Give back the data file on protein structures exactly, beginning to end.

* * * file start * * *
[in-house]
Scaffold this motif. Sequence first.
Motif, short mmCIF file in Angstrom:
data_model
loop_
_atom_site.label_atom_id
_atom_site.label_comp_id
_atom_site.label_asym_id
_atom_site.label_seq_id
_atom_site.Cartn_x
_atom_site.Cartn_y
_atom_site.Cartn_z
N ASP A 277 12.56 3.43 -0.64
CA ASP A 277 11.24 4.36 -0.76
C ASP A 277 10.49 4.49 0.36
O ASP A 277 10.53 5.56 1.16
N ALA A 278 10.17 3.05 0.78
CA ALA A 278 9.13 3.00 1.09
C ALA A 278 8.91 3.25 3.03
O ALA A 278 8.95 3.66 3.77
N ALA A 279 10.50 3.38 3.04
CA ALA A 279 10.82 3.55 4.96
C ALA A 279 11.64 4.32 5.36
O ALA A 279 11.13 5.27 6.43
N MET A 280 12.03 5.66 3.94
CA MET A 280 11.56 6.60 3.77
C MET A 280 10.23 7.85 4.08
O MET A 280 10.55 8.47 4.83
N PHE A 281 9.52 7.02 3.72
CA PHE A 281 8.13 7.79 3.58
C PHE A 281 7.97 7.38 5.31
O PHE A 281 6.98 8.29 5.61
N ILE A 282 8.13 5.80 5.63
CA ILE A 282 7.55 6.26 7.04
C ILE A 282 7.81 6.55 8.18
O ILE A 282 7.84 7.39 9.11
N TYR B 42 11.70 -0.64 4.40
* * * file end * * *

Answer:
[in-house]
Scaffold this motif. Sequence first.
Motif, short mmCIF file in Angstrom:
data_model
loop_
_atom_site.label_atom_id
_atom_site.label_comp_id
_atom_site.label_asym_id
_atom_site.label_seq_id
_atom_site.Cartn_x
_atom_site.Cartn_y
_atom_site.Cartn_z
N ASP A 277 12.56 3.43 -0.64
CA ASP A 277 11.24 4.36 -0.76
C ASP A 277 10.49 4.49 0.36
O ASP A 277 10.53 5.56 1.16
N ALA A 278 10.17 3.05 0.78
CA ALA A 278 9.13 3.00 1.09
C ALA A 278 8.91 3.25 3.03
O ALA A 278 8.95 3.66 3.77
N ALA A 279 10.50 3.38 3.04
CA ALA A 279 10.82 3.55 4.96
C ALA A 279 11.64 4.32 5.36
O ALA A 279 11.13 5.27 6.43
N MET A 280 12.03 5.66 3.94
CA MET A 280 11.56 6.60 3.77
C MET A 280 10.23 7.85 4.08
O MET A 280 10.55 8.47 4.83
N PHE A 281 9.52 7.02 3.72
CA PHE A 281 8.13 7.79 3.58
C PHE A 281 7.97 7.38 5.31
O PHE A 281 6.98 8.29 5.61
N ILE A 282 8.13 5.80 5.63
CA ILE A 282 7.55 6.26 7.04
C ILE A 282 7.81 6.55 8.18
O ILE A 282 7.84 7.39 9.11
N TYR B 42 11.70 -0.64 4.40